The iPad and Comics

August 13th, 2010 | Posted in It's All Geek to Me!

The future?….

Here’s a link to an recent CNN article on how the iPad is boosting the appeal of digital comics.

I absolutely agree that the iPad and it’s descendants will be the new format for publishing, including comics and magazines. I can see a virtual news stand in the future full of individual issues and subscriptions for magazines, comics, comic books and newspapers… delivered without user effort to your mobile tablet device in a format that is easy and natural to browse, read and enjoy. However I don’t see the iPad being that device, but some other piece of hardware that doesn’t force the Draconian limitations on the content providers that Apple does. Unless Steve Jobs and Apple wise up and start playing along with publishers to develop a real business model for digital publishing, the iPad will be the next Betamax player or Macintosh… a superior piece of technology squashed by the concept of free enterprise.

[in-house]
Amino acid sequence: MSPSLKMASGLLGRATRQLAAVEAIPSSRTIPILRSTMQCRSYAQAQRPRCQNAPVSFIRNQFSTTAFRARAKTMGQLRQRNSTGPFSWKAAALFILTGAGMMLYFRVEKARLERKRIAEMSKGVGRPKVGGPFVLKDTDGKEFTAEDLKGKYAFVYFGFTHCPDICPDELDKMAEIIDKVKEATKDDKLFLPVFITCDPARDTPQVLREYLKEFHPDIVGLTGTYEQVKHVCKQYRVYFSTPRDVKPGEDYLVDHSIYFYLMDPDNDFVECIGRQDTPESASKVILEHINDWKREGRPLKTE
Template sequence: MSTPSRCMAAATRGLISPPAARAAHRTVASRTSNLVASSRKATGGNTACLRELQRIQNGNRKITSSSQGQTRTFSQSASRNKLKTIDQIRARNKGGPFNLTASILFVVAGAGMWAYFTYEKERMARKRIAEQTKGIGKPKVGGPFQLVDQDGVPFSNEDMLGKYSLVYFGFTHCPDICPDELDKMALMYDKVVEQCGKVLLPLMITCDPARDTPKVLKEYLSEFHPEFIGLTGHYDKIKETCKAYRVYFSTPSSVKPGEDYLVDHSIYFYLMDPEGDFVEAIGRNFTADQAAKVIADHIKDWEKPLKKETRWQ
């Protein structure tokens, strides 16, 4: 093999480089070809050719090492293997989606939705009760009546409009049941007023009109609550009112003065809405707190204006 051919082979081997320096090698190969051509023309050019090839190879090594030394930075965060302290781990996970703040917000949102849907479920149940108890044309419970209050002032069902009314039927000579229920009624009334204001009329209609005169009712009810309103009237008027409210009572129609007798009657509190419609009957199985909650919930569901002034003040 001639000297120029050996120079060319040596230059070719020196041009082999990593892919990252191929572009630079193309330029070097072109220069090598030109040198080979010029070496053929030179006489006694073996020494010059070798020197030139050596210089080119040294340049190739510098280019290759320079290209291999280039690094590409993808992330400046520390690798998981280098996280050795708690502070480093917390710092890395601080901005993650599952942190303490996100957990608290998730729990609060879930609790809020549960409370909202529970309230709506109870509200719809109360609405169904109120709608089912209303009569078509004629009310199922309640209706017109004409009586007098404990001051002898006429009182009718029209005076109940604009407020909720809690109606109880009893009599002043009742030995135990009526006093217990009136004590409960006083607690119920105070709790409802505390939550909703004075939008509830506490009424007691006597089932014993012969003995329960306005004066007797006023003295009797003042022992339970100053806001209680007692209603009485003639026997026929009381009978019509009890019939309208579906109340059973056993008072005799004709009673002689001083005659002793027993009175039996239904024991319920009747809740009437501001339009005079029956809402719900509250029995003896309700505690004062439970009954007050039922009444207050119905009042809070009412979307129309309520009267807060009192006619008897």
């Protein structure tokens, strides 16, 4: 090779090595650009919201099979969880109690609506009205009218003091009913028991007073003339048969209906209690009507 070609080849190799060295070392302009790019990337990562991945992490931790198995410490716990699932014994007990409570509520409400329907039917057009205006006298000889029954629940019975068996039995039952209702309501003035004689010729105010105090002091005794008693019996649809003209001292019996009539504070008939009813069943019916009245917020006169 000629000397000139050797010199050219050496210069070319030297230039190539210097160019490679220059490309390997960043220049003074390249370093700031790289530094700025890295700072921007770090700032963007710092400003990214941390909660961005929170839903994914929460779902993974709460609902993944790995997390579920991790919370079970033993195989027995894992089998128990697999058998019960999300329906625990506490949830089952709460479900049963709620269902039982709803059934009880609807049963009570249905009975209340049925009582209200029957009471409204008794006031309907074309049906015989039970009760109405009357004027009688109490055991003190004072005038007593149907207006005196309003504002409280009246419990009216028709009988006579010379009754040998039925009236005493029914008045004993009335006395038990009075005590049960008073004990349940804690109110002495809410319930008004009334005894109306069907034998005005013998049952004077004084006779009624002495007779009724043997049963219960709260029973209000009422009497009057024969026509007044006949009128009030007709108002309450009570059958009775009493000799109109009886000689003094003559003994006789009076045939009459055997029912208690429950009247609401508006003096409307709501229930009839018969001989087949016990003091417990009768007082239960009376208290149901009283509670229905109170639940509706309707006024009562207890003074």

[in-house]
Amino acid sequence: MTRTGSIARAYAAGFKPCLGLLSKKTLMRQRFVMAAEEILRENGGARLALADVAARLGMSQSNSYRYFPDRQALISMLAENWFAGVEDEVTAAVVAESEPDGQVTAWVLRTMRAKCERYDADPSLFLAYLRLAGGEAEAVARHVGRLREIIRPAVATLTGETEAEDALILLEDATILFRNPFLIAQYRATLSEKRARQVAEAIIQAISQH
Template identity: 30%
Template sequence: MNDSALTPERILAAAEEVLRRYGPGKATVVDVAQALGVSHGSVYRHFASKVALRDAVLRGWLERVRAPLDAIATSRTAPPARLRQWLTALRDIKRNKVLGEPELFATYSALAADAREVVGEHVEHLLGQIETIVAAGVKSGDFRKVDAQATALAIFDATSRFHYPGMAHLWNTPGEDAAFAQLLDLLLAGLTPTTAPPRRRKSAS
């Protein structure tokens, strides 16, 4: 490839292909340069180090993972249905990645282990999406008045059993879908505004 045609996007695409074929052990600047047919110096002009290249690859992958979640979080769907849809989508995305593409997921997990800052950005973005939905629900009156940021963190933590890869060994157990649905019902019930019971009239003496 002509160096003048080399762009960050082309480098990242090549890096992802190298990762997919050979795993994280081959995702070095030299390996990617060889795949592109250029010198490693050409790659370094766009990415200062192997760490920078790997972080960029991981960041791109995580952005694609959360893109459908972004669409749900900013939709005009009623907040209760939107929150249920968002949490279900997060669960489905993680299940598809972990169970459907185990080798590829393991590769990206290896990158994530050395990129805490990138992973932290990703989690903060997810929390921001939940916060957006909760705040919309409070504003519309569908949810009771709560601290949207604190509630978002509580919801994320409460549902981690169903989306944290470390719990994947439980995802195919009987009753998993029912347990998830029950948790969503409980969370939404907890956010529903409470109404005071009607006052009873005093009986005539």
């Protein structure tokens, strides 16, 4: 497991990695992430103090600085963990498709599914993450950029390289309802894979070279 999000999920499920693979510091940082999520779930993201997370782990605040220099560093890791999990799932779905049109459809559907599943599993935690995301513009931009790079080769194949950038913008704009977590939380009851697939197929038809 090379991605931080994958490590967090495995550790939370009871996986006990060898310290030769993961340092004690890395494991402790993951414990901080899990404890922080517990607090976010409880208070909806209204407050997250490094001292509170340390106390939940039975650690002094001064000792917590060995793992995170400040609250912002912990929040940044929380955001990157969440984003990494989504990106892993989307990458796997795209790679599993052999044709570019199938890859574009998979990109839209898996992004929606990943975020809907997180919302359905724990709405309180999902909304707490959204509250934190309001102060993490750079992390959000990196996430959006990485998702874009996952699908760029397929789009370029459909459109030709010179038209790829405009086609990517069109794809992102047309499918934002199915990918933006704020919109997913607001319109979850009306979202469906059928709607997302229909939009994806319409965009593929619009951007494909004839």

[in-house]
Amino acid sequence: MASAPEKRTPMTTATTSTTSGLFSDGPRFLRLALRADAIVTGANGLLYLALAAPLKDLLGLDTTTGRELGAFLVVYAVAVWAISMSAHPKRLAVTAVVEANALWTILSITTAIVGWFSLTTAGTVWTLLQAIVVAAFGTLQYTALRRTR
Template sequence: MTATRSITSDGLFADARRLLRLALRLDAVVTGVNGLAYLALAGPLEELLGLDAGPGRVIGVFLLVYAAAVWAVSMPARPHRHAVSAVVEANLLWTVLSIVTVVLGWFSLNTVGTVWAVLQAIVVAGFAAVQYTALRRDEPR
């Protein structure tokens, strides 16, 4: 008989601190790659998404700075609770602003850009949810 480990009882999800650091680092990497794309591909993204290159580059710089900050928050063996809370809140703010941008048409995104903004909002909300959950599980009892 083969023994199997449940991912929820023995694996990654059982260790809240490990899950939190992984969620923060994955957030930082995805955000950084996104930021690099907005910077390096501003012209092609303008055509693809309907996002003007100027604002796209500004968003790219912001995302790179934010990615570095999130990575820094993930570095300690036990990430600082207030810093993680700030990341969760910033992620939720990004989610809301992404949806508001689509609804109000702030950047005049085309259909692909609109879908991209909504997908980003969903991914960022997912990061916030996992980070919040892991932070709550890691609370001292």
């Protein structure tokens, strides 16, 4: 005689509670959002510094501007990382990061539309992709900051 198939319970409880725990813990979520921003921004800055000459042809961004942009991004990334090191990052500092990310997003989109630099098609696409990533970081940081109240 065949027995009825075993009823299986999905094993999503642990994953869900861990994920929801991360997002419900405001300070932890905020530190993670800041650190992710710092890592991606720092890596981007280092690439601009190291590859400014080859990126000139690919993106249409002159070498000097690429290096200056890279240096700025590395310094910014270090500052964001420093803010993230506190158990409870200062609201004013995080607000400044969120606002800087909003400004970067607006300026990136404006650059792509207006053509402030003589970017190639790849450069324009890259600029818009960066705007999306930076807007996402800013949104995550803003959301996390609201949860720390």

1. Doug Gilford says:

    Could you please say that a little more accurately and succinctly, please?
    In other words: Amen.

  2. Mark Engblom says:

    I’m not sure which limitations you’re referring to, but many of the complaints I’ve heard refer to Apple’s policy of barring developers from shopping their app around to other devices, even if Apple initially rejected the app. That’s certainly frustrating, but from what I understand, about 80% of the iPad apps need to be purchased by users, unlike the (mostly) free iPhone apps. So, obviously there’s some big money to be made not only by Apple, but also the developers they allow into the mix….so Apple can afford to piss off a few people in order to forge a business model of their choosing. I guess when you develop the technology, you either give it away (like early internet ventures and newspapers) or leverage it for all it’s worth.